A history of an instrument and its players, from the present day back through the dawn of recorded sound into Irish musical history, lore and legend.
Interviewees include Finbar Furey, Eddie Furey, Paddy Keenan, Liam O’Flynn, Andy Irvine, Bob Davenport, Dónal Lunny, Peggy Seeger, Martin Carthy, Paddy Glackin, Reg Hall, Michael McGoldrick, Brian Vallely, Bill Leader, Kevin Burke, Helena Rowsome, Patrick Sky, Wilbert Garvin, Neil Martin and many more. Research was carried out at: BBC Written Records Archive, Caversham; British Library, London; and Irish Traditional Music Archive, Dublin. Nearly 60 images, many unpublished, are included.
Colin Harper wrote professionally on music for The Independent, Irish Times, Mojo and other titles during the 1990s. He is the author of Dazzling Stranger: Bert Jansch and the British folk and blues revival (Bloomsbury, 2000; revised 2006 and 2011) and Bathed In Lightning: John McLaughlin, the 60s and the Emerald Beyond (Jawbone, 2013).
John McSherry has been a leading professional piper for the past 20 years. A founder member of Lúnasa and Coolfin, he continues to tour internationally with his bands At First Light and The Olllam.
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John's latest album, "Ulaid" is available from the link below:
Extract 1: Séamus Ennis
The Wheels Of The World contains over 50,000 words on Seamus Ennis (1919-82), a legendary piper and storyteller, an authority on Irish folklore and one of the greatest characters in the history of Irish traditional music and broadcasting. Séamus was a full-time collector of traditional music for three institutions in his early life: The Irish Folklore Commission (1942-47); Radio Éireann (1947-51); and the BBC (1952-57). After this, he was a freelance broadcaster and musician, not well-adapted to a conventional lifestyle but a larger than life figure who became increasingly iconic in the Irish cultural world. He died in 1982, having become, as Andy Irvine noted, ‘almost like a god’.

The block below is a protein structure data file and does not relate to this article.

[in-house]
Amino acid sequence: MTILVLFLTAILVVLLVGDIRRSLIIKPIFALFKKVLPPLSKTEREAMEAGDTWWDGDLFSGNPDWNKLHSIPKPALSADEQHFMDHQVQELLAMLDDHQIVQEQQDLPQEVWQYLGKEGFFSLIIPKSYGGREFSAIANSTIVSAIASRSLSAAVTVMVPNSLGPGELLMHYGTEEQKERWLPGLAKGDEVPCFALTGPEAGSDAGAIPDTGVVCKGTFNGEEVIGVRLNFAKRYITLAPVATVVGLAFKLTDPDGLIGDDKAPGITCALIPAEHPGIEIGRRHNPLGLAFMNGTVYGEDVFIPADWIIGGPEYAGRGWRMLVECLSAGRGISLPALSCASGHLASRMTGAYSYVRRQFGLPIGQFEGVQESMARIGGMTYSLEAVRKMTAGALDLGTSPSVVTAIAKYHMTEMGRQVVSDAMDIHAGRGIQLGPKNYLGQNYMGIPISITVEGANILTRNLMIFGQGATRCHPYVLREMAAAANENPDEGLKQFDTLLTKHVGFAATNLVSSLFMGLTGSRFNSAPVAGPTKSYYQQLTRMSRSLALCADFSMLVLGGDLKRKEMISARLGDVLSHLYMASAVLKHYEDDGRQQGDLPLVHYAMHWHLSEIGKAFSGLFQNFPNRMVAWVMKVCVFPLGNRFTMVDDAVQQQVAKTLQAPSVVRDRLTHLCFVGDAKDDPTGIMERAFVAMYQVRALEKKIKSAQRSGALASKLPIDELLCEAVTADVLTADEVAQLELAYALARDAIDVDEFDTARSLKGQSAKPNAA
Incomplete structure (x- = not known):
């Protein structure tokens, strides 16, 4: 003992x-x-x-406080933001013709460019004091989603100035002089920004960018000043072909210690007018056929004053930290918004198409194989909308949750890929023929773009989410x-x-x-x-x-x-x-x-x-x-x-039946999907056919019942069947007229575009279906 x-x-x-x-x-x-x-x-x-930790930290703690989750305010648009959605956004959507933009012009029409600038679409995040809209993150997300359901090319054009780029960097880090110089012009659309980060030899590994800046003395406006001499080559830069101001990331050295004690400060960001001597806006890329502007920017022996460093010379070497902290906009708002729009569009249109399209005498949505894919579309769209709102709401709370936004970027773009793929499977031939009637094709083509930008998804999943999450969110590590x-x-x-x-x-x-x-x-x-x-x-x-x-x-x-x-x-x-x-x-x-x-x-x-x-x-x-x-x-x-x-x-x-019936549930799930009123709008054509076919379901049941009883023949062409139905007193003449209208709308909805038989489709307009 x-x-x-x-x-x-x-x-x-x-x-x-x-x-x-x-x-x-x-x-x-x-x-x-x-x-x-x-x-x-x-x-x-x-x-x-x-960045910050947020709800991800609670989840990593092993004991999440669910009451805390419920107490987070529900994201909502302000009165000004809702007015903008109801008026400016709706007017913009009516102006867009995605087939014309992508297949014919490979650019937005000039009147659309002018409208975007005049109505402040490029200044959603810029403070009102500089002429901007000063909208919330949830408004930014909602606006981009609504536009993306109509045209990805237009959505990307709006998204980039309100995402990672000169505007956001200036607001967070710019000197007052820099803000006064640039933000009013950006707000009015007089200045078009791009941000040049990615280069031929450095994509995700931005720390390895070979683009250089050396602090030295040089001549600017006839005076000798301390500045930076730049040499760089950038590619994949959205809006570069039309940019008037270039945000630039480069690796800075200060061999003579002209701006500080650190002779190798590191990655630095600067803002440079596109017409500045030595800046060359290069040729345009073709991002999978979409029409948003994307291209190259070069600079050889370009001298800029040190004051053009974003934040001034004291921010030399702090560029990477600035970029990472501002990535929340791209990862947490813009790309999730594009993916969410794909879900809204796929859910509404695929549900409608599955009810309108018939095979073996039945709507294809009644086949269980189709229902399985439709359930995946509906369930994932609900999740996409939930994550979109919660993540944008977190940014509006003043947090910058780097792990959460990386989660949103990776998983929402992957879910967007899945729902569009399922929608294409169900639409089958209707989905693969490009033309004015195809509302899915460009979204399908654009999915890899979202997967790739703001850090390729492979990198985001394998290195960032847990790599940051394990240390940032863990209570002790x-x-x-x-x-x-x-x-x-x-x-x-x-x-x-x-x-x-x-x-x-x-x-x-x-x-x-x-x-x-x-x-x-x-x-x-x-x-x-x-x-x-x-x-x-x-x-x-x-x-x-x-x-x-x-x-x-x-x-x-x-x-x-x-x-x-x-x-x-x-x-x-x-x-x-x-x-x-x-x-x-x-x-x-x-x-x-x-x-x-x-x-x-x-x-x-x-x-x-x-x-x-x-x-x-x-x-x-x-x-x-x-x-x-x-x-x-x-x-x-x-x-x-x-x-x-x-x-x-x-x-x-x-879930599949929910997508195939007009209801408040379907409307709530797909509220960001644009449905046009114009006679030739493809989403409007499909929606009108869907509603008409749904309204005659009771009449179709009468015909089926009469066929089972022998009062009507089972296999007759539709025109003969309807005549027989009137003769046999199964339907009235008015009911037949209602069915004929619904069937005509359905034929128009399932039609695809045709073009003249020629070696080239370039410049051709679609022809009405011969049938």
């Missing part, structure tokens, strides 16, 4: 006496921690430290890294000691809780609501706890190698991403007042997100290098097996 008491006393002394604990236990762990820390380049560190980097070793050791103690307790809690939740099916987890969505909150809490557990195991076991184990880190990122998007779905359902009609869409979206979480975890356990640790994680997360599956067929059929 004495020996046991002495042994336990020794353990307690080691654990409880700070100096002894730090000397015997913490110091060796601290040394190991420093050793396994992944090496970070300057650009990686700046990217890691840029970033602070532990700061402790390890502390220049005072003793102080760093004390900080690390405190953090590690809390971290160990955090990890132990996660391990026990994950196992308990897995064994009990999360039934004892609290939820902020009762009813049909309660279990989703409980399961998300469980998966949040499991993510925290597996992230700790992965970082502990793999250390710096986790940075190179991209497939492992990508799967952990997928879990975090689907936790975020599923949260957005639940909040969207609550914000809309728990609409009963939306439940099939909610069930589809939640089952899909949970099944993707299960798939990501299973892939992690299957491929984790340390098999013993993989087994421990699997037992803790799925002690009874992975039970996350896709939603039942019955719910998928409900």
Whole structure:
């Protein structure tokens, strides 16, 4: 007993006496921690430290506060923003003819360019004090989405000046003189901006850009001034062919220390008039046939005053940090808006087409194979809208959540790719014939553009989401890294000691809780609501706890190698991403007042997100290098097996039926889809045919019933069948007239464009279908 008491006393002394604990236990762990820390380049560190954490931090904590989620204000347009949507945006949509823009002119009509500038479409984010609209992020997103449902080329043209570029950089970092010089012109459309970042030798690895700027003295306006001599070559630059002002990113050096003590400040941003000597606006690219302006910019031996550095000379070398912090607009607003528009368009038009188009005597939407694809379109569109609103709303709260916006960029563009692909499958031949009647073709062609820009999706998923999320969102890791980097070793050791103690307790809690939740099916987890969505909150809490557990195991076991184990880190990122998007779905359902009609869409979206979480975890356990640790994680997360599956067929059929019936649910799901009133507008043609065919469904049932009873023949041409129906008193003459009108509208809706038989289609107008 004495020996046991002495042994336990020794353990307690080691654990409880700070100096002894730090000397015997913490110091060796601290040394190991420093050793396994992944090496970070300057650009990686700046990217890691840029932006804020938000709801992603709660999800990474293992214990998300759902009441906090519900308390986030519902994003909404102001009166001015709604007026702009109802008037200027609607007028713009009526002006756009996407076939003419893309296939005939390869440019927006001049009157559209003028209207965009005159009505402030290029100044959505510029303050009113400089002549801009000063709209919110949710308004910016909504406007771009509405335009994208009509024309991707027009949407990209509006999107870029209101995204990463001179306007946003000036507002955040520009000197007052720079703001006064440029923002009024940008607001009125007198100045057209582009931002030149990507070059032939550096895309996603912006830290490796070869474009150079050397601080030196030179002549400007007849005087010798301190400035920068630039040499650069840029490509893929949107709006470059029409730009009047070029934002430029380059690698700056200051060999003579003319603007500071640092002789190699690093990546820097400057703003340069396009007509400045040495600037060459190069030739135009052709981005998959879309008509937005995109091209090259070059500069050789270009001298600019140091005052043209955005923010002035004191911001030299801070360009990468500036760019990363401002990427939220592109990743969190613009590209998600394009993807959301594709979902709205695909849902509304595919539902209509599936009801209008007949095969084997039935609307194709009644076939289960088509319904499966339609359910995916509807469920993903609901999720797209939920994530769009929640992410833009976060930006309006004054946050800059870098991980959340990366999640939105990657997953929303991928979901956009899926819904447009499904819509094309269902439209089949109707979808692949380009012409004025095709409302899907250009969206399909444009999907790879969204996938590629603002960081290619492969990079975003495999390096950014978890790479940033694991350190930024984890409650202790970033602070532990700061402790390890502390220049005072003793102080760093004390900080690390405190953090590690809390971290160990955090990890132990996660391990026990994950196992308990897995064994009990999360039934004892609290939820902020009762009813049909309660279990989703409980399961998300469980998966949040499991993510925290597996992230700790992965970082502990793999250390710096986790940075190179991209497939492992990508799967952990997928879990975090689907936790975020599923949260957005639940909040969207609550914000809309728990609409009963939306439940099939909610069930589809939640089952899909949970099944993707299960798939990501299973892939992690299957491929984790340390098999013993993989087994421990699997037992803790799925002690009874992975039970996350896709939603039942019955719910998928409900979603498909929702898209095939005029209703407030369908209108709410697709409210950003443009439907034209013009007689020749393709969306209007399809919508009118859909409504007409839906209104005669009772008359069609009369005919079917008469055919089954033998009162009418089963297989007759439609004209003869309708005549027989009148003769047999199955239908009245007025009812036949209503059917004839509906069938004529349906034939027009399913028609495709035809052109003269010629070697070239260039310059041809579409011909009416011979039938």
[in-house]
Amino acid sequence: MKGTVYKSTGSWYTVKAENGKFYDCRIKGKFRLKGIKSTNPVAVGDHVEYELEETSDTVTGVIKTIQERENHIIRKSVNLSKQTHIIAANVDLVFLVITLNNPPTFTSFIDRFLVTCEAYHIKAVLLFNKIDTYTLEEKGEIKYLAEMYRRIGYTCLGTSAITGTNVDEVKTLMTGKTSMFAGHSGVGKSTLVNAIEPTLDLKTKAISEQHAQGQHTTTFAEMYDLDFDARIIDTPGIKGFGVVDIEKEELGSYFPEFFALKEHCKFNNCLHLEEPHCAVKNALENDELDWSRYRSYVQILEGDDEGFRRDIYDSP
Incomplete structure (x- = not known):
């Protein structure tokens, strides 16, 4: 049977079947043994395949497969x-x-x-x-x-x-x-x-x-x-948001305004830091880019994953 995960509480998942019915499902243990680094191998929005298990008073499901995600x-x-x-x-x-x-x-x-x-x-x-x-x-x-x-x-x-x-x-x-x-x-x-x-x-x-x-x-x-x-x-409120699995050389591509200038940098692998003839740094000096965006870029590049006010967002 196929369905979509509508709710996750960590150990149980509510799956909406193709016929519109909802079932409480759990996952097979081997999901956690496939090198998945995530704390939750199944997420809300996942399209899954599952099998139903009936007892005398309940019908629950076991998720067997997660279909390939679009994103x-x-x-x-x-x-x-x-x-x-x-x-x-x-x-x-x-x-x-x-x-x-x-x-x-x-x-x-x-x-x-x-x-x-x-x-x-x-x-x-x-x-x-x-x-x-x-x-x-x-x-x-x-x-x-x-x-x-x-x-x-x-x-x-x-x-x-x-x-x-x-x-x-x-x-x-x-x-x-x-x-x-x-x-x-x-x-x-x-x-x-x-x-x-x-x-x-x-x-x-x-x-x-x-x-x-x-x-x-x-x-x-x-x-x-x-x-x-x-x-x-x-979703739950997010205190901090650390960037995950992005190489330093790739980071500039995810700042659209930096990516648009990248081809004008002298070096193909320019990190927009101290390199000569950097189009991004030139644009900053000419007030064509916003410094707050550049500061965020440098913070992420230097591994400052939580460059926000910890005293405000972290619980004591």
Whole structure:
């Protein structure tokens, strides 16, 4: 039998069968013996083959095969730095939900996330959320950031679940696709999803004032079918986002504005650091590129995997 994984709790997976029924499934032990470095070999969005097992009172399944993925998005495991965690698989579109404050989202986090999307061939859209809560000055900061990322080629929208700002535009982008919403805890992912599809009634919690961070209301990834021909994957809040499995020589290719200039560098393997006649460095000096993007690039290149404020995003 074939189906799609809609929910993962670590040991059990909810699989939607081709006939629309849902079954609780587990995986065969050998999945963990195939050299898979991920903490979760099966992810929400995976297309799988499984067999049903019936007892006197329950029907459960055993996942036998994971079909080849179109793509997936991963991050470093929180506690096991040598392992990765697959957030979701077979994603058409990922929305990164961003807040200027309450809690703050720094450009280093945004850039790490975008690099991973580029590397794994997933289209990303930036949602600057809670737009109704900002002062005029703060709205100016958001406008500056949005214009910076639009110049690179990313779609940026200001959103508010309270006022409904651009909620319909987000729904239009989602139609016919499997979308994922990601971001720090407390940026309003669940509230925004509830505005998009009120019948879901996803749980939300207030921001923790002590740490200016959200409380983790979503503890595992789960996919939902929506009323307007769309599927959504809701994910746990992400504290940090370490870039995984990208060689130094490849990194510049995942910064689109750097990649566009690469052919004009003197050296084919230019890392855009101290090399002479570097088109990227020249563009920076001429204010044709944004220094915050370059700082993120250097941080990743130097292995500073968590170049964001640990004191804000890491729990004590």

Extract 2: The Bothy Band
Note: The extract below derives from a 17,000 word chapter on Paddy Keenan, one of the most exciting living pipers, whose recording career began with a solo LP in 1974 followed by a period of notoriety in Britain and Europe with The Bothy Band over the next five years, where extensive media coverage ranged from The Val Doonican Music Show on the one hand to the John Peel Show on the other. The Bothy Band made four albums and very little money, but – building on the BBC broadcasts of Séamus Ennis in the 50s and the popular folk club touring of Finbar & Eddie Furey in the late 60s – they gave the uilleann pipes significant visibility as an instrument outside of Ireland. The chapter includes fresh interviews with all five surviving Bothy Band members (1976-79): Paddy Keenan, Matt Molloy, Dónal Lunny, Kevin Burke and Tríona Ní Dhomhnaill. This extract begins with Kevin replacing Tommy Peoples in 1976.
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